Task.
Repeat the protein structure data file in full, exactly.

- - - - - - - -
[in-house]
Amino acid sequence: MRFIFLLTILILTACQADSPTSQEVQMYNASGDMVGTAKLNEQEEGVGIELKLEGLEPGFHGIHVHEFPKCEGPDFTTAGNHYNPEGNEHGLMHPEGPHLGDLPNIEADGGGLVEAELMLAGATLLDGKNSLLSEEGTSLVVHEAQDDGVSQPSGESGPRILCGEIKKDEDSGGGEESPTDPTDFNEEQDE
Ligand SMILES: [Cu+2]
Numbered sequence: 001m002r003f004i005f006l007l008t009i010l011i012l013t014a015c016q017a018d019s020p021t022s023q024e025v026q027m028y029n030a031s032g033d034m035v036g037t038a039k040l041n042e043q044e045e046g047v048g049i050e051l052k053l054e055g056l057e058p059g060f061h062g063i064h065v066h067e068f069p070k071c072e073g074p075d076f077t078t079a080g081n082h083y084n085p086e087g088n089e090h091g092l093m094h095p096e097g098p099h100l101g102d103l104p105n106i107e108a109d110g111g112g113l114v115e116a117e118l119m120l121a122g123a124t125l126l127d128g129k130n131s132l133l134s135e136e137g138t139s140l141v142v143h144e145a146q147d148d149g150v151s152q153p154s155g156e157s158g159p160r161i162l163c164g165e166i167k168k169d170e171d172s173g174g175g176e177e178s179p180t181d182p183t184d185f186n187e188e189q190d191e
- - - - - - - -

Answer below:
[in-house]
Amino acid sequence: MRFIFLLTILILTACQADSPTSQEVQMYNASGDMVGTAKLNEQEEGVGIELKLEGLEPGFHGIHVHEFPKCEGPDFTTAGNHYNPEGNEHGLMHPEGPHLGDLPNIEADGGGLVEAELMLAGATLLDGKNSLLSEEGTSLVVHEAQDDGVSQPSGESGPRILCGEIKKDEDSGGGEESPTDPTDFNEEQDE
Ligand SMILES: [Cu+2]
Numbered sequence: 001m002r003f004i005f006l007l008t009i010l011i012l013t014a015c016q017a018d019s020p021t022s023q024e025v026q027m028y029n030a031s032g033d034m035v036g037t038a039k040l041n042e043q044e045e046g047v048g049i050e051l052k053l054e055g056l057e058p059g060f061h062g063i064h065v066h067e068f069p070k071c072e073g074p075d076f077t078t079a080g081n082h083y084n085p086e087g088n089e090h091g092l093m094h095p096e097g098p099h100l101g102d103l104p105n106i107e108a109d110g111g112g113l114v115e116a117e118l119m120l121a122g123a124t125l126l127d128g129k130n131s132l133l134s135e136e137g138t139s140l141v142v143h144e145a146q147d148d149g150v151s152q153p154s155g156e157s158g159p160r161i162l163c164g165e166i167k168k169d170e171d172s173g174g175g176e177e178s179p180t181d182p183t184d185f186n187e188e189q190d191e